By Scott McLennan
The last half-hour or so of any Mavericks concert is usually just about the happiest place to be on the planet.
The Mavericks brought their 30th anniversary tour to Boarding House Park in Lowell on Aug. 30, and the show reminded listeners of just how far and wide their musical chops spread. Playing 22 songs over two hours, the Mavs zigged and zagged from frenetic dance numbers to contemplative tearjerkers, and dug more deeply into the band’s songbook than has been the norm over the previous visits to the area.
The Mavericks typically shuffle the deck from show to show, but the hand dealt on this beautiful summer Friday night turned up some truly surprising cards. The Mavs started their set by flipping back and forth between 2013’s “In Time” and 1994’s “What a Crying Shame,” with “Back in Your Arms Again” flowing into “There Goes My Heart,” then “Born to be Blue” and winding up with “Pretend.”
This was a great contrast between the alt-country “comeback” era Mavericks and neo-traditional hit-making Mavs, proving how one can move from the contemporary spotlight and continue to thrive with a newfound sense of creativity. These songs were not the hard-driving barn burners often associated with a Mavericks concert, and demanded (and deserved) a bit more attentive listening.
The concert’s kickoff, while different, still showcased the band’s raw talents: singer Raul Malo’s rich, supple tone; guitarist Eddie Perez’s taut, stinging phrases; drummer Paul Deakin’s steady timekeeping across leaps in genre; and keyboard player Jerry Dale McFadden’s madcap whimsy. Behind the core four, a dynamite cast of horn players, percussionists, accordionist, and bassist fleshed out the material and provided powerful solos.
The full dynamic range of the band blossomed seven songs in with “Dance in the Moonlight” and its rounds of solos (including an effects-laden guitar solo from Malo) bubbling up amid an extended jam.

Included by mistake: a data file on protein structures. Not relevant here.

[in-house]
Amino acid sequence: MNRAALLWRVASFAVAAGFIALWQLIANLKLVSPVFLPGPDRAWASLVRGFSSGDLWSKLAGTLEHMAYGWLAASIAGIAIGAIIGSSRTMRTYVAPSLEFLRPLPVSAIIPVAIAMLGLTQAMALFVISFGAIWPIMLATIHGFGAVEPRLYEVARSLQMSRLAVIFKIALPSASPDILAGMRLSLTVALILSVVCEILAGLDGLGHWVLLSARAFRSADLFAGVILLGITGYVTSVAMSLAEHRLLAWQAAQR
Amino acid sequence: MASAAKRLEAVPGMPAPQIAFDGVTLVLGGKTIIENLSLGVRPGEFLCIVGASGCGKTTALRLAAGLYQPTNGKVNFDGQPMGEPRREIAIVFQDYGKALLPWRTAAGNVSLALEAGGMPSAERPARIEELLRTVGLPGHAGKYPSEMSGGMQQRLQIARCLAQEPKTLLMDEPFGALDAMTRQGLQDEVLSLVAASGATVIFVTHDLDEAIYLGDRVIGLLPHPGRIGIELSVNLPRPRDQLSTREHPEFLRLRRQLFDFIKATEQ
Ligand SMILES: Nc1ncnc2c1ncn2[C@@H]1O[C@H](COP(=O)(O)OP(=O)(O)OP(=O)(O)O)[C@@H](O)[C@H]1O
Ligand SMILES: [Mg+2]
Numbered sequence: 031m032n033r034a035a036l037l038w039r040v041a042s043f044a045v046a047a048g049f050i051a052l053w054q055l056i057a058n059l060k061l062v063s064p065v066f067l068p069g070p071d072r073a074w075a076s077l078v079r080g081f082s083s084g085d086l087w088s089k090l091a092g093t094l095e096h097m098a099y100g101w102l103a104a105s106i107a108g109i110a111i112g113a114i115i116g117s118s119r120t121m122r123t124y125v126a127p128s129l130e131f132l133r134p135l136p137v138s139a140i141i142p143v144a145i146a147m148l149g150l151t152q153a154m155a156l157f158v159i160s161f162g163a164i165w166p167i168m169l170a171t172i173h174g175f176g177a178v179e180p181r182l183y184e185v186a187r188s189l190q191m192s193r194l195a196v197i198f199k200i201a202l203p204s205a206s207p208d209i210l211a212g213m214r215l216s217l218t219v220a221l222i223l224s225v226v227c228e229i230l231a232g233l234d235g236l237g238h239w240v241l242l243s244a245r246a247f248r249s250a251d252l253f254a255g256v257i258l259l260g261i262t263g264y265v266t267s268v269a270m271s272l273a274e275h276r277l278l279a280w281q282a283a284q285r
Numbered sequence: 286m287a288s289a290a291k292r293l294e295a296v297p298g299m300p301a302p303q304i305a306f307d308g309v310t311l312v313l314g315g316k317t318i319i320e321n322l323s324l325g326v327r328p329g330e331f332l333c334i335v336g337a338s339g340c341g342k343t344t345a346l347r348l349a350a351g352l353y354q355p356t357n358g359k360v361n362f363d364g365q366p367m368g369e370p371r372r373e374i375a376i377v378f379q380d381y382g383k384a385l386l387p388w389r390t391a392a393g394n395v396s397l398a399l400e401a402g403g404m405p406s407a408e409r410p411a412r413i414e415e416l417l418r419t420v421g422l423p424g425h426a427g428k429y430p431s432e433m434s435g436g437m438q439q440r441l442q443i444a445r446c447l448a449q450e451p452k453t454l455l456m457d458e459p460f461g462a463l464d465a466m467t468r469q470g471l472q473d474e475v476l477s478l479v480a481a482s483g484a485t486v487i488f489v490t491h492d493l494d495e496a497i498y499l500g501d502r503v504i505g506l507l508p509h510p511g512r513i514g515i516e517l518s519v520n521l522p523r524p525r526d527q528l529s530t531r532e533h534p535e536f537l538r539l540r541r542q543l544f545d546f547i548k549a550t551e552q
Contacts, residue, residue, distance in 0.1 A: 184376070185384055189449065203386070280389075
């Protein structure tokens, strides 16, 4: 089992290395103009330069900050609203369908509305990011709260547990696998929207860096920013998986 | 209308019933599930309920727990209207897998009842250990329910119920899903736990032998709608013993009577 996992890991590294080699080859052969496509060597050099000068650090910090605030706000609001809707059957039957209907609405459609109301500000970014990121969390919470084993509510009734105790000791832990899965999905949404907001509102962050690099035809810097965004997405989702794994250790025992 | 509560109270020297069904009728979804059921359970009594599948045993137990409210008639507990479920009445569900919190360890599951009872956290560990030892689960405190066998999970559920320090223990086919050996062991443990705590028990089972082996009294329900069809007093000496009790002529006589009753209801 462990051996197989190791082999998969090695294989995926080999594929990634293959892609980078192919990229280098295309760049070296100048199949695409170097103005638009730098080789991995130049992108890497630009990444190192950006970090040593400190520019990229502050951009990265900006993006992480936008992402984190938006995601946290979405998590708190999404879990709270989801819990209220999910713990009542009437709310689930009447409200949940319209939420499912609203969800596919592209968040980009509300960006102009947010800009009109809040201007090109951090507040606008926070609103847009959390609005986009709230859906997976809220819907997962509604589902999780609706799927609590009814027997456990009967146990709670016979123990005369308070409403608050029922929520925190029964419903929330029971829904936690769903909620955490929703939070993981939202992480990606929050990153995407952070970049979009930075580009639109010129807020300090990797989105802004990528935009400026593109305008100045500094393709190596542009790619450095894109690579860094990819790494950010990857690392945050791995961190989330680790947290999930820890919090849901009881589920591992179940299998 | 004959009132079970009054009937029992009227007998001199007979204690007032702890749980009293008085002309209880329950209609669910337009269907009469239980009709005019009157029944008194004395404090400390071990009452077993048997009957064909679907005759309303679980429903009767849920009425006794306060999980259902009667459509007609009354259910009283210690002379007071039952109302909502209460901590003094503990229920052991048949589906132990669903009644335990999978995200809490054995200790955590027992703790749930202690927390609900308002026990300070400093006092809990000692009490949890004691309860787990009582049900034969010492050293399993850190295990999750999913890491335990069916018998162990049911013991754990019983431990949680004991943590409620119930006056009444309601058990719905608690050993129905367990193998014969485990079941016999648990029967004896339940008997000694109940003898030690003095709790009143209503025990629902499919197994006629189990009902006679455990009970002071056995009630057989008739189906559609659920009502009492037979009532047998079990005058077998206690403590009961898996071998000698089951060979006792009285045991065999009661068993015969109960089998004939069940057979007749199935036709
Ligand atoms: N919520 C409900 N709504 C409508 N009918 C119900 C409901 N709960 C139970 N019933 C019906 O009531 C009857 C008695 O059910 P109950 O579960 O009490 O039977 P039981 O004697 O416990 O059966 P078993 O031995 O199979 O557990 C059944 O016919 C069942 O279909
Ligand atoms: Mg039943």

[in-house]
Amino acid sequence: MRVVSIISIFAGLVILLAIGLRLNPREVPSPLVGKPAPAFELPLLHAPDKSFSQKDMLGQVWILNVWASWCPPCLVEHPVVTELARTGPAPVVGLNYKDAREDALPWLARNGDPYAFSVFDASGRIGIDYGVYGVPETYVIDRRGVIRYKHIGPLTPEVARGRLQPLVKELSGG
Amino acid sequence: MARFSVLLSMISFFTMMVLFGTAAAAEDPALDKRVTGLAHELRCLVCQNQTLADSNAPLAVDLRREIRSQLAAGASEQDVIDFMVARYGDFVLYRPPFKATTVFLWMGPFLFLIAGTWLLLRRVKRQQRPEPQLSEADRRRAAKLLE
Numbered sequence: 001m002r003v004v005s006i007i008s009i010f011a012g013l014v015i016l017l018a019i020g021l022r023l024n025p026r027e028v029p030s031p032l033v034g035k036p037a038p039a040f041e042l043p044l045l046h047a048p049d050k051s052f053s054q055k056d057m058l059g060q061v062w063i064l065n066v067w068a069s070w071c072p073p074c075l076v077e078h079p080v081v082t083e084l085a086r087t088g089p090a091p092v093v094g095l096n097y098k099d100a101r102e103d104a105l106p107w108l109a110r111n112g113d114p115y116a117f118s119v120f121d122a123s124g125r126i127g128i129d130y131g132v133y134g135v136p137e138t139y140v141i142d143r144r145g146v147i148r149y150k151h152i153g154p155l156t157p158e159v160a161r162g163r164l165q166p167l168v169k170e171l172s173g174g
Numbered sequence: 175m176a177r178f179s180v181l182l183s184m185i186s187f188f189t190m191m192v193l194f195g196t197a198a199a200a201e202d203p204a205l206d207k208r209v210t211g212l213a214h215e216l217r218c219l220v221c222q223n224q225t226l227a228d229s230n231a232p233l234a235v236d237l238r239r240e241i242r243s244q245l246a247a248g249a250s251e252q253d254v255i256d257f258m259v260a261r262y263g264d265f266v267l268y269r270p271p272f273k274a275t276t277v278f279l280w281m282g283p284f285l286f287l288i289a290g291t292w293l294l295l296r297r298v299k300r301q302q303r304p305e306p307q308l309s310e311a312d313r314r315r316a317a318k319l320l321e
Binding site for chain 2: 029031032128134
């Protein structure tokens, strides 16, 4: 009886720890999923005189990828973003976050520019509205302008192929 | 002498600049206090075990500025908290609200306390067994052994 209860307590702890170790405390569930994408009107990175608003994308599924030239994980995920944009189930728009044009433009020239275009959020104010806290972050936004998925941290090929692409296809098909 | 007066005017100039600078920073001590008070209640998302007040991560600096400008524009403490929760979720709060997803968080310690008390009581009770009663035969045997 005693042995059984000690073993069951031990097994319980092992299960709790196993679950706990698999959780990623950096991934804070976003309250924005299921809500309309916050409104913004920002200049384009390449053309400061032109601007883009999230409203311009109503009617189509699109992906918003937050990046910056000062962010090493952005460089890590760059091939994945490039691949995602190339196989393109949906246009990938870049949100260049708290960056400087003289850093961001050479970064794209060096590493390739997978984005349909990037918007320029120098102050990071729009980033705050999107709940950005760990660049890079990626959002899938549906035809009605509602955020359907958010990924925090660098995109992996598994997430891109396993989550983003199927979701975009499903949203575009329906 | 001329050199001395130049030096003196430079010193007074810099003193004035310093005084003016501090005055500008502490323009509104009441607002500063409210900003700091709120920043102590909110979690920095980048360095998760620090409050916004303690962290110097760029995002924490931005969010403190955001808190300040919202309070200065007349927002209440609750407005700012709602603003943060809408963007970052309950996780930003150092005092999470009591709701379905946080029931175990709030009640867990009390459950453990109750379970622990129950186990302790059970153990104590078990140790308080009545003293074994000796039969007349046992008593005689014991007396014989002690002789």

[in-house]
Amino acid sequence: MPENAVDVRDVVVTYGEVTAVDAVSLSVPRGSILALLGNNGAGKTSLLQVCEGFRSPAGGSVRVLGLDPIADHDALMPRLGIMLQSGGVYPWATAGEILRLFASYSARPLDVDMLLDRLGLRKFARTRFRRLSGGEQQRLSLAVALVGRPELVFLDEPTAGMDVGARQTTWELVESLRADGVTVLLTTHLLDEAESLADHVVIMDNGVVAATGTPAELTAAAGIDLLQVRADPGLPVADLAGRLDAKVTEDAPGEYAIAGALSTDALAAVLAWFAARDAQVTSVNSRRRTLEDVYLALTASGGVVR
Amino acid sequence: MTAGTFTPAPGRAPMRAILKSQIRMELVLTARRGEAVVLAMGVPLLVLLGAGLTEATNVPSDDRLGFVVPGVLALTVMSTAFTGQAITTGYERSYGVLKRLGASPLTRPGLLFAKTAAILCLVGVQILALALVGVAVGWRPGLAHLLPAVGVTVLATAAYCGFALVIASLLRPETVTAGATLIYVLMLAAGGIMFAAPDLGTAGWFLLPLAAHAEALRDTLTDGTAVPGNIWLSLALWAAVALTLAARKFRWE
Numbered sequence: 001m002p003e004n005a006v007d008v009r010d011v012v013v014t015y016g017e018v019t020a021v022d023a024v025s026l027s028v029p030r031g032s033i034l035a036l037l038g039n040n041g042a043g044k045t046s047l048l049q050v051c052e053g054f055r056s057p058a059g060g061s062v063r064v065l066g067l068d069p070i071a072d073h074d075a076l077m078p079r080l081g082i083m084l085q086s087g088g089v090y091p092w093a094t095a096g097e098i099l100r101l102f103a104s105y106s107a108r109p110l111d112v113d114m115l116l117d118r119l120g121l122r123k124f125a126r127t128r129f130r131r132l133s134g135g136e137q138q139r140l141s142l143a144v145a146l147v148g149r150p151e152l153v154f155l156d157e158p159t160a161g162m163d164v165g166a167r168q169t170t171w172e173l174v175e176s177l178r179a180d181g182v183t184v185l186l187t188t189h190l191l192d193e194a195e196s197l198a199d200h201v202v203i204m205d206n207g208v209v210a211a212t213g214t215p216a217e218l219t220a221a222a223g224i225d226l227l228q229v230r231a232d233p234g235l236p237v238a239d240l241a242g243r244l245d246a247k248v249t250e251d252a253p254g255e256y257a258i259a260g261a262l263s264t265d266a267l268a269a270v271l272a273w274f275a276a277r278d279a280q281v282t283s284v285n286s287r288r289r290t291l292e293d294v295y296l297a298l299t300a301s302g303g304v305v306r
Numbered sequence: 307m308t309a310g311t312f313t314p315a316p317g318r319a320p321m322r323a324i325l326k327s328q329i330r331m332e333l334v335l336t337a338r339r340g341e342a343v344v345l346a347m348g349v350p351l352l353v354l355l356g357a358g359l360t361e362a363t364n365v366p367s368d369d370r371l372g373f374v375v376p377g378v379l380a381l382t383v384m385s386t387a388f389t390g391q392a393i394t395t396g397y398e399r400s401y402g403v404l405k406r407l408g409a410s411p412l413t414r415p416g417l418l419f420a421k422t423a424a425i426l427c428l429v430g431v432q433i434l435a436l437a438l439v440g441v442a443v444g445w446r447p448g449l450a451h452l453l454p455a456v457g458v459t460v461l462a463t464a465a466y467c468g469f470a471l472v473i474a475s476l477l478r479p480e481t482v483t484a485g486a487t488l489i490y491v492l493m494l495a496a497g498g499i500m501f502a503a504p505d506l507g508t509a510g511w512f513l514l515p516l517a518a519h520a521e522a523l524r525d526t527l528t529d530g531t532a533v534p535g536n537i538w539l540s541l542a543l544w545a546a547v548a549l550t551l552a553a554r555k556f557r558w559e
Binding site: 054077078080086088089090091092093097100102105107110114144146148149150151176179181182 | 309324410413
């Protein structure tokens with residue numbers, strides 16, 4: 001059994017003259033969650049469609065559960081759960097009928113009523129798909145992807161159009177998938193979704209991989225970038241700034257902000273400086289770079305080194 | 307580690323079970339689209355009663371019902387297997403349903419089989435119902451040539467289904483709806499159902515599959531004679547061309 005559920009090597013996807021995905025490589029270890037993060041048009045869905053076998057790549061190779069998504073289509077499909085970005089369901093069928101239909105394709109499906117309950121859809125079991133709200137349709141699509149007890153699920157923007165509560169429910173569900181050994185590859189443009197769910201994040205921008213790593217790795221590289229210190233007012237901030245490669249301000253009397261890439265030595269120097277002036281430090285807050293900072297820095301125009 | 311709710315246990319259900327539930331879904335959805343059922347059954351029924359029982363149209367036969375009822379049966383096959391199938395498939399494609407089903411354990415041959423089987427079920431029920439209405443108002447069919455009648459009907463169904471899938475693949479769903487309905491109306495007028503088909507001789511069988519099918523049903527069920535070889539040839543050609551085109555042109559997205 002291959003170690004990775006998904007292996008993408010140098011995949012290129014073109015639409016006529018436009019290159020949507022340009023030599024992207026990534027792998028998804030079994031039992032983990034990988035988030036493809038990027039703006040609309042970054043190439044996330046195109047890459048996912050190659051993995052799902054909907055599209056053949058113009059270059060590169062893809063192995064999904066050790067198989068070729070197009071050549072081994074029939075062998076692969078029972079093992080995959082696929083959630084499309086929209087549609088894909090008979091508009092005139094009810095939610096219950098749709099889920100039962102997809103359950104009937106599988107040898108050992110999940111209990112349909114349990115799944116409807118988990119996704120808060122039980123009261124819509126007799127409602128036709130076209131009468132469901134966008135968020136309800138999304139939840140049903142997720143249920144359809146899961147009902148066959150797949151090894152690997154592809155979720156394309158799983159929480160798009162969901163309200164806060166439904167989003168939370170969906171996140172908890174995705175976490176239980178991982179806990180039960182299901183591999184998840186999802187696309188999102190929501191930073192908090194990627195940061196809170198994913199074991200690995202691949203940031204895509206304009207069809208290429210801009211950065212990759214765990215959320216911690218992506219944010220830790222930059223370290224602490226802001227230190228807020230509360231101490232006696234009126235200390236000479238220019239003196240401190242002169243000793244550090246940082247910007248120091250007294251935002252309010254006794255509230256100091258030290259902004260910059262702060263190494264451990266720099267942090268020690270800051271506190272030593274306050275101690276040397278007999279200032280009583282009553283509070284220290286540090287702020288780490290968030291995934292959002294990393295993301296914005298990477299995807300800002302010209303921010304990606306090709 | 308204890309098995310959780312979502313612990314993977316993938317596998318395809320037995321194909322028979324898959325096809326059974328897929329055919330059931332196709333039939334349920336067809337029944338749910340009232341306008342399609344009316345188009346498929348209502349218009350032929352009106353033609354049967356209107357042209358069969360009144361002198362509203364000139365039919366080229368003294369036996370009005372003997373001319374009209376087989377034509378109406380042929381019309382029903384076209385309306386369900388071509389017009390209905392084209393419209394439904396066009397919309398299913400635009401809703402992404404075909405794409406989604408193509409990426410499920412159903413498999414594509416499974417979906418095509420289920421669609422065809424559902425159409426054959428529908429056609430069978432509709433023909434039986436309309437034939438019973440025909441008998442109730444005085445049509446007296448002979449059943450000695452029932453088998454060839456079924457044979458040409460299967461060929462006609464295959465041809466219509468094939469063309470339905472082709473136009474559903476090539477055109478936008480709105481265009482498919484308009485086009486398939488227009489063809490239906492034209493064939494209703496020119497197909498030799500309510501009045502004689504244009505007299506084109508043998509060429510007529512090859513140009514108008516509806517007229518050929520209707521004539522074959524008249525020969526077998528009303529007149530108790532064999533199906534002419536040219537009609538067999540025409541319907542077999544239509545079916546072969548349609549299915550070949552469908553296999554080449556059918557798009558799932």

Perhaps feeling reflective during this 30th anniversary jaunt, the Mavs delivered plenty of oldies, particularly during a mid-concert run of honky-tonk ballads, starting with “Loving You.” Malo’s smooth croon carried into “Oh What a Thrill” and a cover of “Blue Bayou.”
The back half of the concert uncorked all of the joyous, rootsy bacchanalia one associates with a Mavs’ show. Putting that aspect of the band so distinctly in contrast with its other facets made the whole show burn all the more brightly.
Malo was all wry smiles singing “Lucky One” from his solo album of the same name, and the manic “I Said I Love You” was a Tex-Mex whirlwind of the sort that has sealed this band’s reputation for being a tremendous live act.
The last half-hour or so of any Mavs concert is usually just about the happiest place to be on the planet. In Lowell, the band lived up to that reputation with a string of encores that began with a kicking version of its latest single, John Anderson’s rockin’ and rollin’ “Swingin’,” which featured Malo on keys alongside McFadden. The Mavs then shifted gears with another cover, putting a country honk into KC and the Sunshine Band’s “Boogie Shoes.” A boozy blast through the “Beer Barrel Polka” bled into the weed anthem “Rolling Along.” The Mavs finished up with the one-two punch of the bravado-dripping “Come Unto Me” and the most upbeat slice of feeling downtrodden, “All You Ever Do is Bring Me Down.”
If you were just looking for a good night out in Lowell, the Mavs gave you that; if you wanted a thorough but unfussy look back at the band’s history, you got that too.
Scott McLennan covered music for the Worcester Telegram & Gazette from 1993 to 2008. He then contributed music reviews and features to The Boston Globe, The Providence Journal, The Portland Press Herald and WGBH, as well as to the Arts Fuse. He also operated the NE Metal blog to provide in-depth coverage of the region’s heavy metal scene.